He’s even got porn star Jenna Jameson saying she is going to vote for him because “when you’re rich, you want a Republican in office.” (Of course, other porn actors interviewed by The Daily Beast are pro-Obama, showing that even in the world of X-rated entertainment, Mitt can find a way to divide the top 1 per cent from everyone else)…
Amazingly, if you look at the polls, a large percentage of American’s(aka the clueless, MSM spoon-fed plebs) would still vote for someone who is part of the cosseted 0.001% responsible for hiding 20 to 30 trillion in off-shore tax havens and who boldly regurgitate the lie that corporations in America have the highest tax rate in the world (the nominal rate is meaningless; it’s the effective rate produced from all the tax loopholes that counts). But as they say, the propaganda-ridden minds of the American public are mere putty in the hands of the corporate-owned media machine. Mind you, I know there is no real measurable difference between Obama and Romney when it comes to our self-inflicted trajectory toward a post-human era, but voting for Romney, a financier of the criminal class on Wall Street, takes ‘voting against your own interests’ to a whole new level. I mean this guy financed Bain Capital with blood money from death squad oligarchs in South America. I understand the utter failure Obama has been for the masses who bought into the “Hope” slogan, but voting for King Romney is like saying, “I give up; please rape me and then throw me to the lions.”
In a comment section of Schecter’s piece, a reader sumarizes perfectly what King Romney is about:
Let us focus that the issue is not Rommey or the VP RP, the issue is what is behind Rommey. Rommey is the representative of global capitalism; he is not interested in the American people as a nation, but as consumers; for him the solvency of the middle class is of no importance. It is the maintenance of corporate America and global capital that matters for him. He advocates trickle down economics and the emancipation of corporations over people. [In] the end Rommey, like any other warmonger, will use war [as] an economic incentive.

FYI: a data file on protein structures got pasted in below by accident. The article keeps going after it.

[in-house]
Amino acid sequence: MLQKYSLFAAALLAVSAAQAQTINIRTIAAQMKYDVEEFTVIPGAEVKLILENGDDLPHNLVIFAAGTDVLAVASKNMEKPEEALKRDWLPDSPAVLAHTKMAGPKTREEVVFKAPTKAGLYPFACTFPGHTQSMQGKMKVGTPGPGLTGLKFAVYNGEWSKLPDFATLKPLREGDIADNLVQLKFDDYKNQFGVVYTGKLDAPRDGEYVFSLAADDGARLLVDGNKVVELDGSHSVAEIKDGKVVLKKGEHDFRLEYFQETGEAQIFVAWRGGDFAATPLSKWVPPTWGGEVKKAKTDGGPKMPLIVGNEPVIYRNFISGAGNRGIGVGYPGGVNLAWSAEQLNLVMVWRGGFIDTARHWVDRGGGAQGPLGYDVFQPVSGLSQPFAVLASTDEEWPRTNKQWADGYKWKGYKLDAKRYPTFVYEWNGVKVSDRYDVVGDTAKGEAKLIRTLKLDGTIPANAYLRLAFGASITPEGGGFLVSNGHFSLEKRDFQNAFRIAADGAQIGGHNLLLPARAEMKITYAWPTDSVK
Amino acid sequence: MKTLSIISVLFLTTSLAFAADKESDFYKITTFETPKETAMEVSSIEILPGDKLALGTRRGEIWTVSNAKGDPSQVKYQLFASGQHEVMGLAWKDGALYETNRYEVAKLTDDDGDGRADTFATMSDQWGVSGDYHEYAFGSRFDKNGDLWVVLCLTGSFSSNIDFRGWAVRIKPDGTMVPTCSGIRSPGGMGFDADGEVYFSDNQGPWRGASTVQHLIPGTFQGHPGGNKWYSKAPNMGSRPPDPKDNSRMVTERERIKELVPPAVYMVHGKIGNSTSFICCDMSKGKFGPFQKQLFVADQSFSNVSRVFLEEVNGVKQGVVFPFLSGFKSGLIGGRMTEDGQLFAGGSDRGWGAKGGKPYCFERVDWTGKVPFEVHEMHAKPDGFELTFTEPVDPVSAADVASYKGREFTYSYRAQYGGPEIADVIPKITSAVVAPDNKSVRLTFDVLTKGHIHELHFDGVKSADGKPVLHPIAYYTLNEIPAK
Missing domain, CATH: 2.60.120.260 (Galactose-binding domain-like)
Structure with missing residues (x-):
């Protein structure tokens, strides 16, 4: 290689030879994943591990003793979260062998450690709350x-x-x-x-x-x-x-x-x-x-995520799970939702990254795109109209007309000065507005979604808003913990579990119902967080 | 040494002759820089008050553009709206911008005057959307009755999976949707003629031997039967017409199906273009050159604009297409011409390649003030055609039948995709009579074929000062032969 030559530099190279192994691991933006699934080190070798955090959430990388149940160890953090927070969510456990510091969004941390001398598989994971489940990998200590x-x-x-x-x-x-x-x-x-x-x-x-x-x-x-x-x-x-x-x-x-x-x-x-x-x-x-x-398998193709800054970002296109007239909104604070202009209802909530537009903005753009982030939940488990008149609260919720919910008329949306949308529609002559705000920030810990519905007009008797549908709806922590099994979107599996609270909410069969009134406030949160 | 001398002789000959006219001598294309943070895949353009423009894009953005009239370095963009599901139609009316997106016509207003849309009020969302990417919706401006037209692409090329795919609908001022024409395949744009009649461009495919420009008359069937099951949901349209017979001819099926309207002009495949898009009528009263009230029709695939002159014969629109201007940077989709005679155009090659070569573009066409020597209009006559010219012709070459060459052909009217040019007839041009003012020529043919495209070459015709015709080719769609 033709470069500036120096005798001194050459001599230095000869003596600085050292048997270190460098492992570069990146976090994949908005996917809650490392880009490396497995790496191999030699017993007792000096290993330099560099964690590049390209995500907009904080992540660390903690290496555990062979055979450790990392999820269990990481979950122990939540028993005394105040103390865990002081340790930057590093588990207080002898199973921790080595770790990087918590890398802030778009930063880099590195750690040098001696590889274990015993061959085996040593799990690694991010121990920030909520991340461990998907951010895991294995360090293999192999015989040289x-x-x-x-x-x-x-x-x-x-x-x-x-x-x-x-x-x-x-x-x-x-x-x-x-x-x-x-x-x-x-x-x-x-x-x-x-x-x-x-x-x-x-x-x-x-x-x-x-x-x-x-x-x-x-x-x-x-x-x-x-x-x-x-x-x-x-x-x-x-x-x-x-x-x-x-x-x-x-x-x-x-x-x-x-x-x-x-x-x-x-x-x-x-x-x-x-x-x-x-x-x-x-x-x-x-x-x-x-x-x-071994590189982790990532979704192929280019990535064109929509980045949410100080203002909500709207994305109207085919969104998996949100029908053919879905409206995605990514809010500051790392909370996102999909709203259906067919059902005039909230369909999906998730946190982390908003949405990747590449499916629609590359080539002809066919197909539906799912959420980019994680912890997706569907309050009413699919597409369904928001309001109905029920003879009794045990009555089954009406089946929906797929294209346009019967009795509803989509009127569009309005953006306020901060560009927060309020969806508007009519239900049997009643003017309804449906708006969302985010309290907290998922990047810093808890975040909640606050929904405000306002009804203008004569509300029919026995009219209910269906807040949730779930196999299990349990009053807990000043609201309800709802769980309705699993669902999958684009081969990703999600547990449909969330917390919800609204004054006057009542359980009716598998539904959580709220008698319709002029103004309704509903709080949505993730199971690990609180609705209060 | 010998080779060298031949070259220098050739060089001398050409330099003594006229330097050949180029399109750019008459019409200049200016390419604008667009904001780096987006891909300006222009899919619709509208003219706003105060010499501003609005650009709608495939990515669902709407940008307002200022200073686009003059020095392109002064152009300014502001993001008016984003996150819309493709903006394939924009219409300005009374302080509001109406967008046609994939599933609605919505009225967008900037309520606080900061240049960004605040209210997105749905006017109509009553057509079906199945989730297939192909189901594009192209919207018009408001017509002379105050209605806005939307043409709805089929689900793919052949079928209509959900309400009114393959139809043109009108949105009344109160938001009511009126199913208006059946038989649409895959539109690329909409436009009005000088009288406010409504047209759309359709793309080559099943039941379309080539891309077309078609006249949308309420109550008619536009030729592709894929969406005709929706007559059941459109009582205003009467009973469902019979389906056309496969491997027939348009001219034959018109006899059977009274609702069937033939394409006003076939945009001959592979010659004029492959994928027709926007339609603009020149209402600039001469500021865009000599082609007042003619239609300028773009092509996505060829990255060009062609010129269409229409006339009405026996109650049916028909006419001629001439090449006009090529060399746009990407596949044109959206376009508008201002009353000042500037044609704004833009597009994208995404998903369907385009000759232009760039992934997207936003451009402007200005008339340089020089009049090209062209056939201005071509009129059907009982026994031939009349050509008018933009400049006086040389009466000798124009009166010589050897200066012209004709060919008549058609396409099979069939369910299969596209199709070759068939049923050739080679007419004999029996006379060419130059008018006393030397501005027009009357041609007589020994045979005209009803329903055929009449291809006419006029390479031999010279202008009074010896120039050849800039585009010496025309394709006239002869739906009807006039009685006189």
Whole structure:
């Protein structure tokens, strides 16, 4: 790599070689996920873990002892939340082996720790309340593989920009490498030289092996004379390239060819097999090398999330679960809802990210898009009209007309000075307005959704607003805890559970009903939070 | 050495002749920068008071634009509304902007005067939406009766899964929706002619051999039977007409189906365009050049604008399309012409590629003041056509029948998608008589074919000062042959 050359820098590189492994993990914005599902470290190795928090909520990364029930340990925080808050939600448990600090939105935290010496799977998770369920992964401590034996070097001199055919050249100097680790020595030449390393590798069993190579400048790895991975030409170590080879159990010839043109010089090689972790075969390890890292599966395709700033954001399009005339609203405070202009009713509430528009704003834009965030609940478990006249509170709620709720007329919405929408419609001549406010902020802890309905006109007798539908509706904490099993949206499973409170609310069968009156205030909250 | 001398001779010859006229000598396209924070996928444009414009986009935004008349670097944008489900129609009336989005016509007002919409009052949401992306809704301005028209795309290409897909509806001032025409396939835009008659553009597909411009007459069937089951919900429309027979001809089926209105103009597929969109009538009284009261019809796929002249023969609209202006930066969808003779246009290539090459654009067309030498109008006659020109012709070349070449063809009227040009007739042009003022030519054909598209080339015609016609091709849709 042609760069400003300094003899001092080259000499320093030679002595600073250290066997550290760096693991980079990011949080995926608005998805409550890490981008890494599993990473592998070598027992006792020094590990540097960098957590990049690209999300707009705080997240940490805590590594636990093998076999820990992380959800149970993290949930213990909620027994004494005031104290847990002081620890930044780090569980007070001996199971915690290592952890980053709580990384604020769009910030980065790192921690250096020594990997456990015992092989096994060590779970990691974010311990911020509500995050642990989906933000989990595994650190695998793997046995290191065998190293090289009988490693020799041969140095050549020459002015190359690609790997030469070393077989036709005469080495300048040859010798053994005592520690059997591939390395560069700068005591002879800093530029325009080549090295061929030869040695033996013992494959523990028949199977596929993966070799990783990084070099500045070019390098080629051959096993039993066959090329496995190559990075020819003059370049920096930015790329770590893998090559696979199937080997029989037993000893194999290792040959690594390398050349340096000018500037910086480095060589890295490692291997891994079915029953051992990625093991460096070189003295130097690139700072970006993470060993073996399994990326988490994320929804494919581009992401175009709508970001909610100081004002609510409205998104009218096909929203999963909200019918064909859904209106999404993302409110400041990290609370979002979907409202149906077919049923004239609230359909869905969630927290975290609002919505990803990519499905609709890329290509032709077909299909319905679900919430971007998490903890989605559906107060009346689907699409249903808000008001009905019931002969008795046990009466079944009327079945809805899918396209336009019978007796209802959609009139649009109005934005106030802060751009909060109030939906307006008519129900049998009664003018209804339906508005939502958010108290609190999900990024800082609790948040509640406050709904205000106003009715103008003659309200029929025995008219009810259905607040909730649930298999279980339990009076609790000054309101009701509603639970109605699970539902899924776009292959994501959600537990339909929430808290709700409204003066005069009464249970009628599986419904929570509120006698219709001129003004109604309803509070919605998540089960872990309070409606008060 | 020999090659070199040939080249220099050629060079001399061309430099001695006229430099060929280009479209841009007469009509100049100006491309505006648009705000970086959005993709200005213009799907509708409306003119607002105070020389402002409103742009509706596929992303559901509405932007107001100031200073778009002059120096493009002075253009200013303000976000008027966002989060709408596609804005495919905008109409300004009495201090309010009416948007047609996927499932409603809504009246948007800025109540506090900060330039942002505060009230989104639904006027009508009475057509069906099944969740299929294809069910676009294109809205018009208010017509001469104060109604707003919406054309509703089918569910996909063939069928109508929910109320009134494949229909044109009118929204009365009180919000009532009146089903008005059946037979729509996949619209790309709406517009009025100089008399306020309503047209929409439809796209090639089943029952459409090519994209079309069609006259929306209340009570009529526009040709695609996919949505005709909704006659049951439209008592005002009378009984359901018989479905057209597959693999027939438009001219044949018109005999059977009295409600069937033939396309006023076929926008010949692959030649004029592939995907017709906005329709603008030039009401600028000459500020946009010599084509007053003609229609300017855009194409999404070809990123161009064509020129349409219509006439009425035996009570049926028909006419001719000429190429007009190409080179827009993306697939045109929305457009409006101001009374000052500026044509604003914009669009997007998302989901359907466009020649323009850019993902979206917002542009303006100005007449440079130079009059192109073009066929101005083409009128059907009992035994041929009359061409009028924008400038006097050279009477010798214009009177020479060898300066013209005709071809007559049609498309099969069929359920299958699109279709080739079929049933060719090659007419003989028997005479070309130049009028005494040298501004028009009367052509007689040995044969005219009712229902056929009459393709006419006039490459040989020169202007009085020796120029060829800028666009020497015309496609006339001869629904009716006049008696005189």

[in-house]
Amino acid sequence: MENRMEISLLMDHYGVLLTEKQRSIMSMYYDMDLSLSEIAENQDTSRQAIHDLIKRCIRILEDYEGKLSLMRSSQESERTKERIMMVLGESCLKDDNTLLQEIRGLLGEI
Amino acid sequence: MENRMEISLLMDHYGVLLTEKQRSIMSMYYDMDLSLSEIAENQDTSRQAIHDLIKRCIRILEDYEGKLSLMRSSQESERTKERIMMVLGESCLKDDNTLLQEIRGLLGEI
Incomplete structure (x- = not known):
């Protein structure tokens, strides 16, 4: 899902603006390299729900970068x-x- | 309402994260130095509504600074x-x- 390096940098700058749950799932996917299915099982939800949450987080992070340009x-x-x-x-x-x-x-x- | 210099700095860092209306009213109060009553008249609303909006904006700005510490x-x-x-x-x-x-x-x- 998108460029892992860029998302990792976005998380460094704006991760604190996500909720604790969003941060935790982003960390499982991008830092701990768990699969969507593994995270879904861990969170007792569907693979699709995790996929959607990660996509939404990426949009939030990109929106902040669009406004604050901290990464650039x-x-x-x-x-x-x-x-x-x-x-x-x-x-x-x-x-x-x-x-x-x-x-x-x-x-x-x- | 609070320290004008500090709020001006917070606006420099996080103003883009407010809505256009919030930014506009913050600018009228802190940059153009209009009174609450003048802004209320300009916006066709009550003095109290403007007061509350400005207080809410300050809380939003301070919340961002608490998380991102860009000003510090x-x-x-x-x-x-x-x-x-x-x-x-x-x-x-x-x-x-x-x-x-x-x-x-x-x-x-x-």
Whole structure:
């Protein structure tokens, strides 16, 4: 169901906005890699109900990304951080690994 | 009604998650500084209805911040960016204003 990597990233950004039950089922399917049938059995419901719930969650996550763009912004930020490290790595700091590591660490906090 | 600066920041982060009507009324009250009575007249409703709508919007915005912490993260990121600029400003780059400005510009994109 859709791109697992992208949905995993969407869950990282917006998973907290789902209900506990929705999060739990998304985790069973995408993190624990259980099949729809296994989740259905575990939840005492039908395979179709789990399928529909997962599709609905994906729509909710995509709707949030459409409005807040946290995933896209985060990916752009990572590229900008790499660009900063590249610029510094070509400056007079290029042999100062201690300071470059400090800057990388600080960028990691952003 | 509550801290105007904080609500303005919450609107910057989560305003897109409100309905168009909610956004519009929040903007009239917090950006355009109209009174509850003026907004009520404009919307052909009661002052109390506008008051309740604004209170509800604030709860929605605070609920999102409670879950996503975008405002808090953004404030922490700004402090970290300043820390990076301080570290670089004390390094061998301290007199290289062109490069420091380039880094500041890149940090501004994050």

– ’nuff said. So how are the American plebs doing? For starters, a recent study found that nearly half the population in the U.S. dies penniless and dependent on Social Security. Basically we are now a nation of the grotesquely wealthy, the ‘just-getting-by’, and the crumb scrapers. The ‘just-getting-by’ segment is always in danger of falling into the ranks of the crumb scrapers. And the elite 1%, as we have discussed in prior posts, have built up a security and surveillance state as well as the prison industrial complex in order to deal with those who have any funny ideas of changing that status quo.
…now back to our two corporate stooges who are vying for the coveted PR position of the corporatocracy. Matt Taibbi has a new article out which shows how our tax system favors the wealthy and how Big Money from Wall Street perverts our political system:
…We’ve known for seven months now, for instance, that Romney paid $3 million in federal taxes in 2010 on $21.7 million in taxable revenue, an effective tax rate of 13.9 percent. Which, as most people know, is less than half the rate most people pay on their income tax.
When Romney released these numbers, he said they were “entirely legal and fair,” and added, “I’m proud of the fact that I pay a lot of taxes.”
The Romney tax returns are a prime example of our increasingly two-tiered bureaucratic system, in which there is one set of rules for poor and middle-class people, and another set of rules for people like Mitt Romney. …
In Mitt’s case, the money you and I make to support ourselves is called income and is taxed up to 35 percent, but the money Mitt makes raiding companies with borrowed money and extracting draconian management fees from captive companies that have no choice but to pay them is called “Carried Interest,” and taxed at a top rate of 15%.